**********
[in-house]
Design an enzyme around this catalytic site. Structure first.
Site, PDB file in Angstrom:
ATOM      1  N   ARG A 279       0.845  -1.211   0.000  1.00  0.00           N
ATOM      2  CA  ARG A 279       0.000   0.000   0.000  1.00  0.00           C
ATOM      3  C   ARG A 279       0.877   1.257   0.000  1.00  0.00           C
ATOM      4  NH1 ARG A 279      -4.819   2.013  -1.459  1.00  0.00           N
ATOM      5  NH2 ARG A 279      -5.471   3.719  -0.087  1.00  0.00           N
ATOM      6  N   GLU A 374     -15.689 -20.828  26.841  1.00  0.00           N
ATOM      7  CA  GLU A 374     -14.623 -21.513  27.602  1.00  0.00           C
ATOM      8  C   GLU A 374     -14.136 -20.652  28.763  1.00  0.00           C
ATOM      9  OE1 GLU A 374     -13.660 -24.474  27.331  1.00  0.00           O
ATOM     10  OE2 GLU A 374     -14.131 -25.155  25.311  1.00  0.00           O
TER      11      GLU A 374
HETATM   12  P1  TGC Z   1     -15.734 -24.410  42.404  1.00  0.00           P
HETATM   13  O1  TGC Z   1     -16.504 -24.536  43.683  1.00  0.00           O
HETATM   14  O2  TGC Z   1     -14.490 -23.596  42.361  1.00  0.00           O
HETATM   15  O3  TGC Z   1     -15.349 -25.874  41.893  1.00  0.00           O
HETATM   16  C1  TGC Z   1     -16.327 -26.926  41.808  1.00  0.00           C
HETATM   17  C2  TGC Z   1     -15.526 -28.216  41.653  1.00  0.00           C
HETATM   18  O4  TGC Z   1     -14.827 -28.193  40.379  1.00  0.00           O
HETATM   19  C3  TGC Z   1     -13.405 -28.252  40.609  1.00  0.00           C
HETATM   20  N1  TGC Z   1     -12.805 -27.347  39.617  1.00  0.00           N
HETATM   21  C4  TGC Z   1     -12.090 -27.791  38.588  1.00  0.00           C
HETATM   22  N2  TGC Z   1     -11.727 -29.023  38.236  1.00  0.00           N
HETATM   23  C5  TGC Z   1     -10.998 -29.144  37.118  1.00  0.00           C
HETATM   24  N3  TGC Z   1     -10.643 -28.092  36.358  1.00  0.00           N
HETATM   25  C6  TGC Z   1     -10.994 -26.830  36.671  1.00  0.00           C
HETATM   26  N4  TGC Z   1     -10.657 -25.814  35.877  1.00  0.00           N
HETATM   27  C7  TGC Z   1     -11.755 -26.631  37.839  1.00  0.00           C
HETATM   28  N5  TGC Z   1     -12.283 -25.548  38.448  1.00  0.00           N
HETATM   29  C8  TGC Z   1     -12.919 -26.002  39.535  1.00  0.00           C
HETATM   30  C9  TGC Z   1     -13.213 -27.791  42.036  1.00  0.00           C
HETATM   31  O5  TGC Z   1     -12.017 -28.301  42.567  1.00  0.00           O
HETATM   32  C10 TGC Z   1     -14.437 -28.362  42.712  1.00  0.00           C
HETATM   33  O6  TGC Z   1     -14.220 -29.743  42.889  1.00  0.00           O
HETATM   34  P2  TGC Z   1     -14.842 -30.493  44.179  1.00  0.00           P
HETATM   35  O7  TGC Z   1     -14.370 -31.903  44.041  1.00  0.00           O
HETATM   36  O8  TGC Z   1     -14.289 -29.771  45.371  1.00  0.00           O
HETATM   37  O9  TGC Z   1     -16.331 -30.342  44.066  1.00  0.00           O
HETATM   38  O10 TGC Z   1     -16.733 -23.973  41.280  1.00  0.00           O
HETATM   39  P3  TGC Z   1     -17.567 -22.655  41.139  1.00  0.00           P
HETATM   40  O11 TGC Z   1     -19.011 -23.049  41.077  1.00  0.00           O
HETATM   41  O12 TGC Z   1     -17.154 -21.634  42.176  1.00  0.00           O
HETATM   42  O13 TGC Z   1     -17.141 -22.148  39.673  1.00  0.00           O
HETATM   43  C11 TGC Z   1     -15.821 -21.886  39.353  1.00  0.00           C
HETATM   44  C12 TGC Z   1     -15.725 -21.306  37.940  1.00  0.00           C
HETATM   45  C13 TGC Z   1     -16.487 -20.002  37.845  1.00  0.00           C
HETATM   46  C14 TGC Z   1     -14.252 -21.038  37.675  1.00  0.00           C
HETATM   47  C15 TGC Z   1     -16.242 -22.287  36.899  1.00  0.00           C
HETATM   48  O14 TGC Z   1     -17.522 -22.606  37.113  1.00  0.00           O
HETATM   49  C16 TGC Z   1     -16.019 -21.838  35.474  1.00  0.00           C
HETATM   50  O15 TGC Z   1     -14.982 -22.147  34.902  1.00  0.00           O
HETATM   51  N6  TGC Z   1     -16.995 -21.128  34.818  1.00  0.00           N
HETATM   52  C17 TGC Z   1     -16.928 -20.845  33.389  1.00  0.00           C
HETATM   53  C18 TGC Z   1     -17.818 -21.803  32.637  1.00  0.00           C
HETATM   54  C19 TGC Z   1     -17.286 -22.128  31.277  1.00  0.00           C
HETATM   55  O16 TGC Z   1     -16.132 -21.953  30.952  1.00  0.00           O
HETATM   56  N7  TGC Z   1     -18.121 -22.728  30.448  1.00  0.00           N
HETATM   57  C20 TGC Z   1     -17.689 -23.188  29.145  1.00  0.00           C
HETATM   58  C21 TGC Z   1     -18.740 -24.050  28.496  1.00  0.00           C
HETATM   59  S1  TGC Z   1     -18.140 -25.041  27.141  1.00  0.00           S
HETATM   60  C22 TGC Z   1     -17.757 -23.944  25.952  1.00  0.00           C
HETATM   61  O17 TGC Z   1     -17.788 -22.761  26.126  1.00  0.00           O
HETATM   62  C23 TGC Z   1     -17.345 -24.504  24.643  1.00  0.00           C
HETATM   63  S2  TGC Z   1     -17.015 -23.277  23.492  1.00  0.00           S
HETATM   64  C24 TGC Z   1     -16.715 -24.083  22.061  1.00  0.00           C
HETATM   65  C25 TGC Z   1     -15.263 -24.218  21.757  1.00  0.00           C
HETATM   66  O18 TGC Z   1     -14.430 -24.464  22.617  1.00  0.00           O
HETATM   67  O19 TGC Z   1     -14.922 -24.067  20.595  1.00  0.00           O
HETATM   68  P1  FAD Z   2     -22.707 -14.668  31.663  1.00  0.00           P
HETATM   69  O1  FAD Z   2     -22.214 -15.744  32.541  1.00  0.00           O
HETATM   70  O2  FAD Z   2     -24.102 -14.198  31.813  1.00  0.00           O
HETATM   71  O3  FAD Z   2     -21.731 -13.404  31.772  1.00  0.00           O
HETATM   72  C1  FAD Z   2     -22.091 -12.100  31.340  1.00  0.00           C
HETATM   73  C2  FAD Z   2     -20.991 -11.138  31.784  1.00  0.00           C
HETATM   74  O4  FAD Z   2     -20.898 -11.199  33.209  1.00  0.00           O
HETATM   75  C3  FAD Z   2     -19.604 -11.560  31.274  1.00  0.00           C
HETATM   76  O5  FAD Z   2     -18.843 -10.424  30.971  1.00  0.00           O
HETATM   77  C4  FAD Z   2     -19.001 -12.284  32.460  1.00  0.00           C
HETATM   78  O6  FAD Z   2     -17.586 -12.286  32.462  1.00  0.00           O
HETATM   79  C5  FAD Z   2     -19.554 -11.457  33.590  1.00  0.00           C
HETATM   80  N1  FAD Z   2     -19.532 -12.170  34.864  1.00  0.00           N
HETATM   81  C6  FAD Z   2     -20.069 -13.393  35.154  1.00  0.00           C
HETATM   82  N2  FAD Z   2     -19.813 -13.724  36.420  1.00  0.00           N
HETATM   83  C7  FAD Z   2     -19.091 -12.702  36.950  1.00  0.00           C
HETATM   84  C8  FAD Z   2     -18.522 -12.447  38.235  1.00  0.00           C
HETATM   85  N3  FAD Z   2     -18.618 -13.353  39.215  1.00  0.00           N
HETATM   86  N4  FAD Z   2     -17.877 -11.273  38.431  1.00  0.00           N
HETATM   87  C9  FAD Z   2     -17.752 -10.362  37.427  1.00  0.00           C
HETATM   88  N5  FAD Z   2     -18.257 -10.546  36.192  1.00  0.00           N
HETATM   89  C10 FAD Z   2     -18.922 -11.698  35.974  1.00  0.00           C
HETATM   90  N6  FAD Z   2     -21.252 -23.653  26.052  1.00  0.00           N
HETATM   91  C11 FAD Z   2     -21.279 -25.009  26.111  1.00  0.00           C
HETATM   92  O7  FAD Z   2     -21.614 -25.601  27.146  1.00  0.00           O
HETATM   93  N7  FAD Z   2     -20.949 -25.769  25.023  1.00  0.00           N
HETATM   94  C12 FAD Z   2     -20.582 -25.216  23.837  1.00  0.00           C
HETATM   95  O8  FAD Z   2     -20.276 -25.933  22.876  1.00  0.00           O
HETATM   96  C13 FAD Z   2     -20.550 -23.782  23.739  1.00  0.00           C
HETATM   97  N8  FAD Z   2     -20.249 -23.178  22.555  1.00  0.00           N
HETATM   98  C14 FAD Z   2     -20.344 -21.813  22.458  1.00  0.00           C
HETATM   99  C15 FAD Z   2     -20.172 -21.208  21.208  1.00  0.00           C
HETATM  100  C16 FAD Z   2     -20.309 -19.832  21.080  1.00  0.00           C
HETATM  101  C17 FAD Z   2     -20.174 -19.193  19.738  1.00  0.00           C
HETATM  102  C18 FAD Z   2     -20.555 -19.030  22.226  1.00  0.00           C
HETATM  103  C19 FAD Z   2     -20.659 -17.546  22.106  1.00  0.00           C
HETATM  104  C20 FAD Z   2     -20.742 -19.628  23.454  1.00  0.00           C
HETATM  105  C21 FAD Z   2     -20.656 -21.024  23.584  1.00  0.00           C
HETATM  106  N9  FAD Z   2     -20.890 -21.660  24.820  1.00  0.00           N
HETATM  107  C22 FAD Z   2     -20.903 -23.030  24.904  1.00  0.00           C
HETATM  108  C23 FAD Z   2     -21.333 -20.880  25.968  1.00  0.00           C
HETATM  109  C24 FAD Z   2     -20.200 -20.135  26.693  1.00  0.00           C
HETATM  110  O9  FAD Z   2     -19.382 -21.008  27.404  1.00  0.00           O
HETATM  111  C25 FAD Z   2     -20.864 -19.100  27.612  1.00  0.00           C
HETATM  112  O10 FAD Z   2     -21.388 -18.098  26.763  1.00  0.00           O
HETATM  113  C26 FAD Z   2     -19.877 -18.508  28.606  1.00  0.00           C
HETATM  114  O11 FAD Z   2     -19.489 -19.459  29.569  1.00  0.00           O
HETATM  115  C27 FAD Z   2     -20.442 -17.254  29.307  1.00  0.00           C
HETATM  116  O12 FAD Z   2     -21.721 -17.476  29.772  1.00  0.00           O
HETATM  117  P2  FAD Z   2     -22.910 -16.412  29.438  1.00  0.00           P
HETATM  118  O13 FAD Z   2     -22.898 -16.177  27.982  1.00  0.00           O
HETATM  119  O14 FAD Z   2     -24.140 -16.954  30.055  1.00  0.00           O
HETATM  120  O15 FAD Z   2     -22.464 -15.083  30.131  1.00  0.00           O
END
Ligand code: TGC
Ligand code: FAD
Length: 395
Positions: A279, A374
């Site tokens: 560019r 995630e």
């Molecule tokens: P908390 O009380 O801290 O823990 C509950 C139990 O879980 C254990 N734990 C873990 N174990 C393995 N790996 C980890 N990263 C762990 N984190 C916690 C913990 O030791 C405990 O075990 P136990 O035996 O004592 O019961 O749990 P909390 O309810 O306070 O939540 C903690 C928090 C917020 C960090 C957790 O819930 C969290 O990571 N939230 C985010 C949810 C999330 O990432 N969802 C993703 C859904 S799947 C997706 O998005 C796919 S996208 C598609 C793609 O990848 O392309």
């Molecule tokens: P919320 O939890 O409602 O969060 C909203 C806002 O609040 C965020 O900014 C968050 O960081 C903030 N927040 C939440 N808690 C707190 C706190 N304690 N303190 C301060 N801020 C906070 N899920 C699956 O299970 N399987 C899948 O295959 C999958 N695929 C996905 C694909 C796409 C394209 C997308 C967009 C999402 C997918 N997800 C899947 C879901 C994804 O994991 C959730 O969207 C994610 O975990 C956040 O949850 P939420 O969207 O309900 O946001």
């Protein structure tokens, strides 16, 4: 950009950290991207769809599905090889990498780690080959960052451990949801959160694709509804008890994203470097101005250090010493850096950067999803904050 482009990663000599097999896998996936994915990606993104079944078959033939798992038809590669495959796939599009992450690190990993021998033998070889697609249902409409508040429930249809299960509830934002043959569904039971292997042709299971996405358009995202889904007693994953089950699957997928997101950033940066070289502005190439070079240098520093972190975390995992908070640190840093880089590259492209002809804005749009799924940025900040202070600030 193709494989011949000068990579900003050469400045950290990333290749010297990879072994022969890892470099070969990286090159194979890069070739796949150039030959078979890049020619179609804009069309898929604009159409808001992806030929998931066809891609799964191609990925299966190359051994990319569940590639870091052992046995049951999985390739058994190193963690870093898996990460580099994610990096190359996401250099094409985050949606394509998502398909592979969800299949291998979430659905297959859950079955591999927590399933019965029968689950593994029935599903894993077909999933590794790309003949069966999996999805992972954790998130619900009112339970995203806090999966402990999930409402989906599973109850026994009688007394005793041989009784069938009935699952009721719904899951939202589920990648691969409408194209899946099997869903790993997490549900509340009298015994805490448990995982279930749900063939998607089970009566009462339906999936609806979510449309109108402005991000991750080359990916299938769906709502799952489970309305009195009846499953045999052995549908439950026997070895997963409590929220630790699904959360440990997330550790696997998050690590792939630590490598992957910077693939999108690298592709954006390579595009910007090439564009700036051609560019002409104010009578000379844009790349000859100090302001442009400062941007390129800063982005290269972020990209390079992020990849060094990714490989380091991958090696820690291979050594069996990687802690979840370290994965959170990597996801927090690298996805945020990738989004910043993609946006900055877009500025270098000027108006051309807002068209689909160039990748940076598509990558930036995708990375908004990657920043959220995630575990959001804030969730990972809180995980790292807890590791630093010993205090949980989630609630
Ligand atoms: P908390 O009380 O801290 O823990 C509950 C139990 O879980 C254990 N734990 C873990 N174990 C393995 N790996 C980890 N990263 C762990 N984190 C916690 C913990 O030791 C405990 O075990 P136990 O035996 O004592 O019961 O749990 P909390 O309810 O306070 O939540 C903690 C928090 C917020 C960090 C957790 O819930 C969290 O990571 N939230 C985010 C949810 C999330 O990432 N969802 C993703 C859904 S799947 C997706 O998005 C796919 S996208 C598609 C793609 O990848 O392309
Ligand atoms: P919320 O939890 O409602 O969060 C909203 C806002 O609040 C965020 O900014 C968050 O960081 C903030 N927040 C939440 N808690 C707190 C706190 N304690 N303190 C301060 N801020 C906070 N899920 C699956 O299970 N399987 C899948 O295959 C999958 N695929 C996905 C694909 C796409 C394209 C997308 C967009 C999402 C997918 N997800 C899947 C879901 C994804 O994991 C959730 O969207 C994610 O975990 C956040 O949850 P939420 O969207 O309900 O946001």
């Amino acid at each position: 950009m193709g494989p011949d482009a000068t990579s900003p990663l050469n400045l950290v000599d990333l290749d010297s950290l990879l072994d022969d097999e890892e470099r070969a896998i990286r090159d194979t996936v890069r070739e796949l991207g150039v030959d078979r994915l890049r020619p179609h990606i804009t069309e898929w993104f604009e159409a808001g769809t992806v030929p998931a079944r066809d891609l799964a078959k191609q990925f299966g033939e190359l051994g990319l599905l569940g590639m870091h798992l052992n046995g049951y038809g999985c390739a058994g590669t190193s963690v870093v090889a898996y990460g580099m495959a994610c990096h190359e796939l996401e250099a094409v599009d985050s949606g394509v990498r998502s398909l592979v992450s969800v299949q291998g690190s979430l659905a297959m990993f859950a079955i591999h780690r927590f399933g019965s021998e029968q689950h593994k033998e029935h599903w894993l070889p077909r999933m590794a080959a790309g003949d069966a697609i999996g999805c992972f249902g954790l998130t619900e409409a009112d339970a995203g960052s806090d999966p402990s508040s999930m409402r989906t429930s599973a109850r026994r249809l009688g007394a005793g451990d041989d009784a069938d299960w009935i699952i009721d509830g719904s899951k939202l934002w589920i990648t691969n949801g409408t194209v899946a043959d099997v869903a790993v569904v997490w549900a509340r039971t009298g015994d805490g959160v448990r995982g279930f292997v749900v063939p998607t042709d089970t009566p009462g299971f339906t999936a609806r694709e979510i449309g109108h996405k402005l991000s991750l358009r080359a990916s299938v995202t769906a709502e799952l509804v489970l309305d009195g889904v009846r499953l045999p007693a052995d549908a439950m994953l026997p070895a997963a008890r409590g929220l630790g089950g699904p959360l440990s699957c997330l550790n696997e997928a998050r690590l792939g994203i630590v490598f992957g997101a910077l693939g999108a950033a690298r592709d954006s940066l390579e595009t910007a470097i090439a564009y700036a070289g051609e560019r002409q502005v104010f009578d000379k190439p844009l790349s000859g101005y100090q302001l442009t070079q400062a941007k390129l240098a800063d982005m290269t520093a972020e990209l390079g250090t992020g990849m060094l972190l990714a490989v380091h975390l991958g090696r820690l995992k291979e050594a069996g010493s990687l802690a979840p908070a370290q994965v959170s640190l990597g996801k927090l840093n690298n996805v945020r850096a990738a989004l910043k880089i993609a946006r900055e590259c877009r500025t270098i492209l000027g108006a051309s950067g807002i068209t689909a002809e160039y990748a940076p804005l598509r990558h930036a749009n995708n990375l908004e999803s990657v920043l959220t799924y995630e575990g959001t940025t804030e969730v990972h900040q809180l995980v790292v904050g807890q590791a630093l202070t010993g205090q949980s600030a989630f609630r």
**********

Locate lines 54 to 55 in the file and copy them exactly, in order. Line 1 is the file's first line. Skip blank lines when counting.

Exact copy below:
HETATM   51  N6  TGC Z   1     -16.995 -21.128  34.818  1.00  0.00           N
HETATM   52  C17 TGC Z   1     -16.928 -20.845  33.389  1.00  0.00           C